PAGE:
Most Puerto Rico Electric Debt Lacks Lifeline for Investors

As the Puerto Rico Electric Power Authority seeks to extend $617 million of bank loans due in the next two months, it’s poised to become the largest municipal restructuring in the $3.7 trillion state and local market.

It’s also the riskiest for Puerto Rico investors, and they drove prices on some Prepa bonds to record lows today, data compiled by Bloomberg show.

Bondholders of Prepa debt have the greatest threat of not being paid in full compared with other commonwealth agencies. Of its $8.6 billion, about 70 percent, or $5.8 billion, doesn’t have additional protection through bond insurance, according to Bloomberg data.

While a new law aims to restructure some Puerto Rico public-corporation debt outside of a bankruptcy filing, Prepa’s $8.6 billion alone exceeds the $8 billion of general obligations and water-and-sewer debt in Detroit’s record bankruptcy and Jefferson County, Alabama’s $4.2 billion failure.

“This is the biggest possible restructuring in the history of the market, by amount,” said Matt Fabian, managing director at Concord, Massachusetts-based research firm Municipal Market Advisors. “The more relief, the better their economic prospects, so it makes sense for Puerto Rico to look for severe bondholder haircuts.”

Budget Deficits

Puerto Rico’s economy has struggled to grow for eight years and its 13.8 percent jobless rate is more than double the U.S. average. The commonwealth and its agencies owe $73 billion, with about 66 percent of U.S. muni mutual funds holding the securities, according to Morningstar Inc. The debt is so widely held because it’s tax-exempt nationwide.

Governor Alejandro Garcia Padilla is poised to sign a bill that would let certain public corporations reduce their debt. Garcia Padilla, who took office in January 2013, has been pushing agencies to stop relying on the commonwealth’s operating budget, which has shown deficits for years.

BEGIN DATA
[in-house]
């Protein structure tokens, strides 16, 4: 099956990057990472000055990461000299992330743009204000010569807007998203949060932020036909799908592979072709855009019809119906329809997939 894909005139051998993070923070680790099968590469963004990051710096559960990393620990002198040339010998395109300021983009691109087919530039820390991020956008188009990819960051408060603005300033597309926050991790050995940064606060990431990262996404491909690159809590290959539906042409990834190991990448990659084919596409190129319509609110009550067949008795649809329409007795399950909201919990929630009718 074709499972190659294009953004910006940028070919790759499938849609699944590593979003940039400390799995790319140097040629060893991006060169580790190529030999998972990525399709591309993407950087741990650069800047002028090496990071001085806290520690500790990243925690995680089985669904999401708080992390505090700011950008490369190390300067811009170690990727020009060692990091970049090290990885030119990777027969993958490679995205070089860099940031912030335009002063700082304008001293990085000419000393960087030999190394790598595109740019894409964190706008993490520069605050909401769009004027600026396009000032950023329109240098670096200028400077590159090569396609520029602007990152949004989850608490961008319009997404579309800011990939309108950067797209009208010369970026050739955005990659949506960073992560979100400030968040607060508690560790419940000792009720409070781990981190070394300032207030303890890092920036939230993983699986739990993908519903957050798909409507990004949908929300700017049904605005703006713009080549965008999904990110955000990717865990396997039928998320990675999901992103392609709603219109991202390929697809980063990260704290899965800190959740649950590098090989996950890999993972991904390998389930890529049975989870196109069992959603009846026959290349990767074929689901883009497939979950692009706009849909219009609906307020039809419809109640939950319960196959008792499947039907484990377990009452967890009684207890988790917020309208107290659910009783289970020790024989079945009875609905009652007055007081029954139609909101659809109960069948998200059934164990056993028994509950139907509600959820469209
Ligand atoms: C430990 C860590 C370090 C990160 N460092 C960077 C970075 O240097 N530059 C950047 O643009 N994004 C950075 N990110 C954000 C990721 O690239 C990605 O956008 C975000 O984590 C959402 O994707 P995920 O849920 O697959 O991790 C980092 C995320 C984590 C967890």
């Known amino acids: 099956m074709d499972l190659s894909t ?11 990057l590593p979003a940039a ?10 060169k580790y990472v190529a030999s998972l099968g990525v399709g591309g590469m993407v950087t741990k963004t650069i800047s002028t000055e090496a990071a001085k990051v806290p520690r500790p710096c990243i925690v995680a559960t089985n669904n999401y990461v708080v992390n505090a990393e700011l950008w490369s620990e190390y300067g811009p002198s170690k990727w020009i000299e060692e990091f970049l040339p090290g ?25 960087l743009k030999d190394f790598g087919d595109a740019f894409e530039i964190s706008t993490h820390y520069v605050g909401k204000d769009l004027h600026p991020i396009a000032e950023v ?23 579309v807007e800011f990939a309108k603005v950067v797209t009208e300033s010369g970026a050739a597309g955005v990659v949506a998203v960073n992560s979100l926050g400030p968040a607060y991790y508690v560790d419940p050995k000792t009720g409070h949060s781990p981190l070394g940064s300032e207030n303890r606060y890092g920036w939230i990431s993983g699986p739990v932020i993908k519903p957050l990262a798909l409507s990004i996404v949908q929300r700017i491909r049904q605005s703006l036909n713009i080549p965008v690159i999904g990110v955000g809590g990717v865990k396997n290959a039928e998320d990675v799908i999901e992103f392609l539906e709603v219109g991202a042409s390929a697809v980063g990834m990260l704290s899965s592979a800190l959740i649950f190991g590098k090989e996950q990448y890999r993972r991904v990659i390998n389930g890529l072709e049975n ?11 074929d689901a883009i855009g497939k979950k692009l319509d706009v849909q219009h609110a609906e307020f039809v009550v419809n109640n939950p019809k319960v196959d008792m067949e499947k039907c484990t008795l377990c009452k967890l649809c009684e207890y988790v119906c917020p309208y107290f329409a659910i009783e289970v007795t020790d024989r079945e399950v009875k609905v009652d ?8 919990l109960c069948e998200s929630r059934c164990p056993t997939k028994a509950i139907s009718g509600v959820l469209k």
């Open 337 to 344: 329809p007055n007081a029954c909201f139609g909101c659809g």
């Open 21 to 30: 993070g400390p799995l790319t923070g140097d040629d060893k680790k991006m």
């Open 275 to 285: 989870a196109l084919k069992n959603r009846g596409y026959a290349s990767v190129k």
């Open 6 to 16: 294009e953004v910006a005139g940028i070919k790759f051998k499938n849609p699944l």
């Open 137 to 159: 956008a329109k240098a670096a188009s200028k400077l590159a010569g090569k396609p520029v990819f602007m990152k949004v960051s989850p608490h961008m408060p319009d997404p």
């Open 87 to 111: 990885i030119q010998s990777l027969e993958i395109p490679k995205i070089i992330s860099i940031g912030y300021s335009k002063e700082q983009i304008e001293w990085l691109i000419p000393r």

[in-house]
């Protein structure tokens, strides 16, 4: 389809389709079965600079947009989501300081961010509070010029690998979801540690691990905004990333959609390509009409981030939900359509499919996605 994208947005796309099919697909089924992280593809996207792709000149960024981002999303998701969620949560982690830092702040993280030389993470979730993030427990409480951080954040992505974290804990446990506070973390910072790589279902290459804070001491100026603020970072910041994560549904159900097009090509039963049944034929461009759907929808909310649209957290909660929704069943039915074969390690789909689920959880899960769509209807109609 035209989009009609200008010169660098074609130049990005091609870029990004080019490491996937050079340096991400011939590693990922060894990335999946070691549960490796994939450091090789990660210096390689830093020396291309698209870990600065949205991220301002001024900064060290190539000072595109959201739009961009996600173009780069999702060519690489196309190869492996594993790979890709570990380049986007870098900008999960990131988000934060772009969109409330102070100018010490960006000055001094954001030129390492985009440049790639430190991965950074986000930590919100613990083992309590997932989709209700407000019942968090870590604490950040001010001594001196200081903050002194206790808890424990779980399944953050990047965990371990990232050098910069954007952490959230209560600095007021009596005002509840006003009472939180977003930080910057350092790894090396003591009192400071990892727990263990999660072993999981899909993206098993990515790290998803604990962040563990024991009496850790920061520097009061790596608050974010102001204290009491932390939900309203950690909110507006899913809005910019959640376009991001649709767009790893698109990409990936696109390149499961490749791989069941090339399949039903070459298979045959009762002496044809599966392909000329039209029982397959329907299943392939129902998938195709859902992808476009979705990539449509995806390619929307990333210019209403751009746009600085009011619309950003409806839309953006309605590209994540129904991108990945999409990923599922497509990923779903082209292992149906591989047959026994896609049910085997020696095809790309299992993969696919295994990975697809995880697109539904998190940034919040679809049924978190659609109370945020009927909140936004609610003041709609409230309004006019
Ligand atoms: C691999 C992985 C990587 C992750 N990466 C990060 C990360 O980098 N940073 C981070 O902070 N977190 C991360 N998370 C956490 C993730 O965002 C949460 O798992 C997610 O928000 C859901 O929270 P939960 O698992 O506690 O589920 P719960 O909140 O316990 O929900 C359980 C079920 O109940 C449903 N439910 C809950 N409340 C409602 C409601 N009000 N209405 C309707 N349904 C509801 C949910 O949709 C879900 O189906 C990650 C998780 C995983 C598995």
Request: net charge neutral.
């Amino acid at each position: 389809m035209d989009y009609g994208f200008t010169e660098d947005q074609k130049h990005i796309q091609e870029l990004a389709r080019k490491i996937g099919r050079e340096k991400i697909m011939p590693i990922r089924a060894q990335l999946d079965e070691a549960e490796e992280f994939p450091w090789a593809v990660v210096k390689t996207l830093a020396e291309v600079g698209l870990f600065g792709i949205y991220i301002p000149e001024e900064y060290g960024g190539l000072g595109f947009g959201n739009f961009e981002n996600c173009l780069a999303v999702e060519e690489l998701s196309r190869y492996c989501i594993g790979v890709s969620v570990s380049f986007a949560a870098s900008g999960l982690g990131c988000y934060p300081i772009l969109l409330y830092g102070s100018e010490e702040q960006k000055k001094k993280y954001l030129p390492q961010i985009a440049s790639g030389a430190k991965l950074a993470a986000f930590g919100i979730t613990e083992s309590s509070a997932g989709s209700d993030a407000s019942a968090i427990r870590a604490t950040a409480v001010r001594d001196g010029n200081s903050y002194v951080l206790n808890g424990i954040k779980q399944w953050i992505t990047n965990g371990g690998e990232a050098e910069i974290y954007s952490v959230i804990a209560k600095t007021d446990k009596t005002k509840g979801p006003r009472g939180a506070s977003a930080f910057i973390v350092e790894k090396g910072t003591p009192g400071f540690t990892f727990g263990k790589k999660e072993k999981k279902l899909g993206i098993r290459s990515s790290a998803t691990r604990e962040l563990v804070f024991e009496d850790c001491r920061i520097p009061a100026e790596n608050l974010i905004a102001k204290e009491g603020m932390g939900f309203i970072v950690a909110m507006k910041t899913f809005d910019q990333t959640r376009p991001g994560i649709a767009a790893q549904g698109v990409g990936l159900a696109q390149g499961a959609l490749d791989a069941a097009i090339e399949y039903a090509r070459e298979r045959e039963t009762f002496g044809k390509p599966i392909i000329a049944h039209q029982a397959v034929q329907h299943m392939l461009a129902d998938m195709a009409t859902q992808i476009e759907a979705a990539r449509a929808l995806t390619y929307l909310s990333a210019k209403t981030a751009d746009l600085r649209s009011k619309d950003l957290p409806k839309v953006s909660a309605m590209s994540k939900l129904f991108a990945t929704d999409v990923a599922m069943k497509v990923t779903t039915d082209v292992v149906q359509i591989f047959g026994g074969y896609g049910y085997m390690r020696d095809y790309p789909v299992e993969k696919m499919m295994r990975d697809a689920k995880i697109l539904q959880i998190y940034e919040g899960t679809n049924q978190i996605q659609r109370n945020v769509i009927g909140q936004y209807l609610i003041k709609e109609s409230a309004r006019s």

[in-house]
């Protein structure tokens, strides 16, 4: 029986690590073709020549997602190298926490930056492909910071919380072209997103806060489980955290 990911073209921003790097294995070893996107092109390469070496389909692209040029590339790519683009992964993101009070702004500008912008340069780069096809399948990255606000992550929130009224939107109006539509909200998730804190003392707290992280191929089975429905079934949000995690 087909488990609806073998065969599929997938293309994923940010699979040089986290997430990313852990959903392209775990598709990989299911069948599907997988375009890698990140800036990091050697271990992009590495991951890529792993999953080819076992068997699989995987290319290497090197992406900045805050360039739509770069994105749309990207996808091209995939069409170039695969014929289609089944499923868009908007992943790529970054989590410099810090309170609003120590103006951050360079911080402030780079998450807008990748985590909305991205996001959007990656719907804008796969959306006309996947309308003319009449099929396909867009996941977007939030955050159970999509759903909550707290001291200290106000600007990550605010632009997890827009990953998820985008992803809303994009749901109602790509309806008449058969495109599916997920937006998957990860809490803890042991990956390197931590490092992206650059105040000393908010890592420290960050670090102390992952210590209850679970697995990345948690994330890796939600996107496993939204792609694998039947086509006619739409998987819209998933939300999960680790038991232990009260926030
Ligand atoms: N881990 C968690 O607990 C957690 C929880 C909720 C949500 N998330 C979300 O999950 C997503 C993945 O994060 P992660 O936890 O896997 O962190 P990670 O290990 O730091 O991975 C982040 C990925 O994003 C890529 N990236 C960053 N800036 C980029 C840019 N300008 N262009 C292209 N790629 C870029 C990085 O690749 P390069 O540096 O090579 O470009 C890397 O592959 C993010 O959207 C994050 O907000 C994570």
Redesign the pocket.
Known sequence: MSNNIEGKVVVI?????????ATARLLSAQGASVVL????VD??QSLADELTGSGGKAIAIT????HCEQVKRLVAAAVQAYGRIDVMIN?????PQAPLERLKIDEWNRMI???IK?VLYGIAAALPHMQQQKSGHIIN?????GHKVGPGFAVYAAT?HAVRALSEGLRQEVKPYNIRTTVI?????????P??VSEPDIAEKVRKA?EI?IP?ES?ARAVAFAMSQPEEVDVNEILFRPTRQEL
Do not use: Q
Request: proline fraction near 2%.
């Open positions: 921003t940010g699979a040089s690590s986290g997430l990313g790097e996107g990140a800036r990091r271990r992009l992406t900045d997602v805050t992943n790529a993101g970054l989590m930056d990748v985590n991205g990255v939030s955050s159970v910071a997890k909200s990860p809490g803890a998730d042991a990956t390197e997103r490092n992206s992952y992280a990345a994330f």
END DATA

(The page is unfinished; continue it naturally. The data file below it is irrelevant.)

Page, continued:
Along with Prepa, the law enables the Puerto Rico Highways & Transportation Authority to restructure its $5.5 billion of debt, and for the Puerto Rico Aqueduct and Sewer Authority to alter its $3.7 billion, according to Bloomberg data. About 90 percent of the Prasa debt and 40 percent of highway authority bonds aren’t insured, Bloomberg data show.

Expensive Juice

Puerto Rico’s restructuring law excludes the commonwealth’s $10 billion of general obligations and $15 billion of debt backed by sales-tax revenue.

If the agencies were to pay less than the bonds’ originally prices, insurers such as Assured Guaranty Ltd. (AGO) and MBIA Inc’s National Public Finance Guarantee Corp. would be forced to make up that difference with investors holding insured securities. Other bondholders don’t have that extra security.

With its liquidity problems and electricity costs that are double that on the U.S. mainland, Prepa may offer repayment below 10 cents on the dollar, Fabian said. At least 75 percent of investors would need to approve any restructuring, which would be difficult, he said.

“A crisis is very near for the utility,” Fabian said. “Haircuts are likely to be very deep and in that context, that will make consensus even harder to get.”

New Low

Uninsured Prepa bonds maturing July 2040 traded today at 4:16 p.m. at an average 45.9 cents on the dollar, the lowest ever and down from 51.9 cents on June 25, the day Garcia Padilla filed his restructuring bill, according to Bloomberg data.

“We are not going to comment on or speculate about future actions that may be taken,” Barbara Morgan, a New York-based spokeswoman for the Government Development Bank, which works on the commonwealth’s debt sales, wrote in an e-mail.

Fitch Ratings yesterday slashed Prepa’s rating to CC, its third-lowest speculative grade, after Puerto Rico’s legislature passed the law. Prepa has a combined $671 million of bank lines of credit that mature in July and August, Dennis Pidherny, a Fitch Ratings analyst, wrote in a report released yesterday.

Moody’s Investors Service and Standard & Poor’s also assign Prepa junk ratings.

Assured Guaranty had $5.34 billion of exposure to Puerto Rico debt, including $2.72 billion affected by the new law, according to the company’s March 31 financial filing.

“With $12 billion in claims-paying resources across our group of companies and approximately $400 million generated each year from our investment portfolio alone, our capital position is very strong,” Ashweeta Durani, an Assured Guaranty spokeswoman, wrote in an e-mail.

National Public Finance’s commonwealth exposure is $4.8 billion, including $2.5 billion that could be restructured, as of March 31, according to the firm’s website.

“National will ensure that its policyholders receive all of their principal and interest payments on time and in full,” Kevin Brown, a National spokesman, wrote in an e-mail.

To contact the reporter on this story: Michelle Kaske in New York at mkaske@bloomberg.net

To contact the editors responsible for this story: Stephen Merelman at smerelman@bloomberg.net Steven Komarow

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